by Paul Alan Levy
Neil Meyer, an entertainment lawyer based in Beverly Hills, recently sent an oddly frivolous cease-and-desist letter to Lipstick Alley, an occasional client of ours that runs a message board devoted to discussions about athletes and other celebrities, with a particular focus on issues of interest to African-American women. He complained about a few postings commenting on a report about an actor named Chris Evans, apparently based on a report in a Hollywood gossip blog. Meyer’s letter accused Lipstick Alley of “publishing” these rumors, and threatened suit to hold it liable for defamation and right of publicity violations. And, like throwing red meat to the lions, at the same time that he was threatening suit, Meyer claimed that his threat was completely confidential and that Lipstick Alley was “specifically prohibited” from publishing or even describing the substance of his demand letter. Readers of this blog are familiar with the folly of that sort of claim.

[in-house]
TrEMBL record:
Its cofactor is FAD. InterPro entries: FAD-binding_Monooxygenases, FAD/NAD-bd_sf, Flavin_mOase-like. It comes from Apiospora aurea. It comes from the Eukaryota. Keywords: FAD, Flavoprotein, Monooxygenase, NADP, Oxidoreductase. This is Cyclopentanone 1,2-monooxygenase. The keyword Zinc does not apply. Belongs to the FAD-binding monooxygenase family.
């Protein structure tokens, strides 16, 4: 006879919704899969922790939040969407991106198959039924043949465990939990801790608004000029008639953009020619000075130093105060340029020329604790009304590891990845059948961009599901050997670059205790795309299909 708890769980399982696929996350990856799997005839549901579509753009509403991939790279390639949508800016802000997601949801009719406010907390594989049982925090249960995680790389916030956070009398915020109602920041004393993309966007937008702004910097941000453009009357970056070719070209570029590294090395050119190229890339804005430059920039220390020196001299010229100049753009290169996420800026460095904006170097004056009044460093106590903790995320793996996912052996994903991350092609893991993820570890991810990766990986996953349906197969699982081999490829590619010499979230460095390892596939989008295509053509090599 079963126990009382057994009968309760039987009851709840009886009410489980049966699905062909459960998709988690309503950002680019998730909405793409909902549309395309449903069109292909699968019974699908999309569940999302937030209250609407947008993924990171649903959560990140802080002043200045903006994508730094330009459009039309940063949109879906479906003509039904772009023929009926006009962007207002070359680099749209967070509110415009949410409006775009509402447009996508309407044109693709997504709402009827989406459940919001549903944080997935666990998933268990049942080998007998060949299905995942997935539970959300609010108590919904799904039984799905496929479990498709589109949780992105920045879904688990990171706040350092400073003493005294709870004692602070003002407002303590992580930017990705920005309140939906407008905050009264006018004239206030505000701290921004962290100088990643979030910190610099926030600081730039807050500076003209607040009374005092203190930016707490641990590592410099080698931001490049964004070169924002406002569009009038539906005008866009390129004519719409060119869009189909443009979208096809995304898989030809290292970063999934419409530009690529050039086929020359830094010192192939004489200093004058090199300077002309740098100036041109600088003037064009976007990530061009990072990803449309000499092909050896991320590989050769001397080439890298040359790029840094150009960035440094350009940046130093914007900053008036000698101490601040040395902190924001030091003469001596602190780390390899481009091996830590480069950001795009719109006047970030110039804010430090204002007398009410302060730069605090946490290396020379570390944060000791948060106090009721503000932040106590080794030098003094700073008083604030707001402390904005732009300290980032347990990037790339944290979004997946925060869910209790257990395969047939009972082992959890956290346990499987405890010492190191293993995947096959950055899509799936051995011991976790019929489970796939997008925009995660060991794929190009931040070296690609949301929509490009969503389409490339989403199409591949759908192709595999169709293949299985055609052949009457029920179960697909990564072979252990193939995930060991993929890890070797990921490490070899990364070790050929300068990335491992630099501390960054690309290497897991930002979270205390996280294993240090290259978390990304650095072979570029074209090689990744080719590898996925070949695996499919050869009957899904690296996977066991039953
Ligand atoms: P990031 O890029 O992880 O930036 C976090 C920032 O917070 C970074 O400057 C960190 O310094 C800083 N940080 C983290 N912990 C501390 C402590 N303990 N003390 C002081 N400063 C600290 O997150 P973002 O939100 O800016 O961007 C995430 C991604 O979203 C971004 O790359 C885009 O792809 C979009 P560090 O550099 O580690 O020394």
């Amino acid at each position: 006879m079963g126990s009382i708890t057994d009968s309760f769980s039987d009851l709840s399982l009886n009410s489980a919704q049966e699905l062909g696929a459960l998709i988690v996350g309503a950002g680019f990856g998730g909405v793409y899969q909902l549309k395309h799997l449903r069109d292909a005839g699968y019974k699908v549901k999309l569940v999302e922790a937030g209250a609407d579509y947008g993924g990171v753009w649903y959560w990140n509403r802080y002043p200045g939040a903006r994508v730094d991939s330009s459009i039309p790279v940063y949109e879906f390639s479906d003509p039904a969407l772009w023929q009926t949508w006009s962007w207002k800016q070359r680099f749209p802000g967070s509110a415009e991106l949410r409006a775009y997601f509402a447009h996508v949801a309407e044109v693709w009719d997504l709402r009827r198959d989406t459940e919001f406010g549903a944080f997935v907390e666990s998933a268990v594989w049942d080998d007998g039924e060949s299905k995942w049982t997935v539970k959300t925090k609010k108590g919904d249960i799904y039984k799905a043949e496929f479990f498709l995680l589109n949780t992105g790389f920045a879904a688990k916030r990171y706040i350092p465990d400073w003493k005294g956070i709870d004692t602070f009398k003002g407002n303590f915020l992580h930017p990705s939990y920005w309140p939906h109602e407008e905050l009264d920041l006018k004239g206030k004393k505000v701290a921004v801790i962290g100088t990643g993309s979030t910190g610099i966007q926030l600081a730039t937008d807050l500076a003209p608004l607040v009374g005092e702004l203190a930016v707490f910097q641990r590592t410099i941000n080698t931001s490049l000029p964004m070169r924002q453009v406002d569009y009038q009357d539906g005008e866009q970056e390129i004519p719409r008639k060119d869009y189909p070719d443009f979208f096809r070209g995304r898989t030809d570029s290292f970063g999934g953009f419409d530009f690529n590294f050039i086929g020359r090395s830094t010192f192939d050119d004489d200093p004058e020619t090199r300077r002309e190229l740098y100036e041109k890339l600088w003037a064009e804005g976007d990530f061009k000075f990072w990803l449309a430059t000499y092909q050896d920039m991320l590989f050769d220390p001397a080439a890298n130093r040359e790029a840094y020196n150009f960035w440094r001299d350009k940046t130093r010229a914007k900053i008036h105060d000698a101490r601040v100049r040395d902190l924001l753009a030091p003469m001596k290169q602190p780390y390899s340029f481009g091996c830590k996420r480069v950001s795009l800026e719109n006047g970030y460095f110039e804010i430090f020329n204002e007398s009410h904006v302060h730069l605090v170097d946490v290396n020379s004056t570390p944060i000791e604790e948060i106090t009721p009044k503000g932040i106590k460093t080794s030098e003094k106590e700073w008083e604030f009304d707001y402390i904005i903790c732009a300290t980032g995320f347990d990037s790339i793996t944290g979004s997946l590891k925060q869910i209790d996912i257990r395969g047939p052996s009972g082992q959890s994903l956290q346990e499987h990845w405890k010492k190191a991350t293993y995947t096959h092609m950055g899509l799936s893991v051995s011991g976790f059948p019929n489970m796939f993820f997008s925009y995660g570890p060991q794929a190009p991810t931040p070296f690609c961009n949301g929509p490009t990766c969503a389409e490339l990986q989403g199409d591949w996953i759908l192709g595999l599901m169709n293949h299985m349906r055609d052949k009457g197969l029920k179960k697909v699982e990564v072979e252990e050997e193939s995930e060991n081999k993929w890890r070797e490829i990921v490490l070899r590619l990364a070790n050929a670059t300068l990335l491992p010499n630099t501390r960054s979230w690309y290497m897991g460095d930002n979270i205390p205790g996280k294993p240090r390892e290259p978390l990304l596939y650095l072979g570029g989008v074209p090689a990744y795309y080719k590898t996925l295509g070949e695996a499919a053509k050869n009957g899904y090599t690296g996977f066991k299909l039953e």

In a letter sent to Meyer today, I pointed out his apparent ignorance of section 230, which protects Lipstick Alley from being sued over content that its users post, as well as certain other errors in the letter (such as referring to his client using both male and female pronouns). Given that the “Streisand effect” was named for a silly lawsuit by a Hollywood personality, you would think lawyers who practice in that community would know better.